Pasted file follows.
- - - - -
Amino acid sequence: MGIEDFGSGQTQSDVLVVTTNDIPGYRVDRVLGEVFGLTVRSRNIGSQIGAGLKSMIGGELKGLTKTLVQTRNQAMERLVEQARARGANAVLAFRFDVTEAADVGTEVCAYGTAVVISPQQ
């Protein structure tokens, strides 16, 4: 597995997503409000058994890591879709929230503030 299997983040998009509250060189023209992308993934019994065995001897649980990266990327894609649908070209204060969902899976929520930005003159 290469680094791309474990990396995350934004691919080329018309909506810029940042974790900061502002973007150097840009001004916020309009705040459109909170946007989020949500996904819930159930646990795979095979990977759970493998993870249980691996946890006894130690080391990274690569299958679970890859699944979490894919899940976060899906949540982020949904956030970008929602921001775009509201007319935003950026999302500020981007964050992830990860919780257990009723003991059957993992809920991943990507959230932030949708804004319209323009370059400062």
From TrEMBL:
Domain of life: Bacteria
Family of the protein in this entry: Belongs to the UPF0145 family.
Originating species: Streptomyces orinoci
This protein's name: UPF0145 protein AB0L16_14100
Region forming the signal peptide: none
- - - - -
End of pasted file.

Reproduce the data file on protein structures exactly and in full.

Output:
Amino acid sequence: MGIEDFGSGQTQSDVLVVTTNDIPGYRVDRVLGEVFGLTVRSRNIGSQIGAGLKSMIGGELKGLTKTLVQTRNQAMERLVEQARARGANAVLAFRFDVTEAADVGTEVCAYGTAVVISPQQ
């Protein structure tokens, strides 16, 4: 597995997503409000058994890591879709929230503030 299997983040998009509250060189023209992308993934019994065995001897649980990266990327894609649908070209204060969902899976929520930005003159 290469680094791309474990990396995350934004691919080329018309909506810029940042974790900061502002973007150097840009001004916020309009705040459109909170946007989020949500996904819930159930646990795979095979990977759970493998993870249980691996946890006894130690080391990274690569299958679970890859699944979490894919899940976060899906949540982020949904956030970008929602921001775009509201007319935003950026999302500020981007964050992830990860919780257990009723003991059957993992809920991943990507959230932030949708804004319209323009370059400062």
From TrEMBL:
Domain of life: Bacteria
Family of the protein in this entry: Belongs to the UPF0145 family.
Originating species: Streptomyces orinoci
This protein's name: UPF0145 protein AB0L16_14100
Region forming the signal peptide: none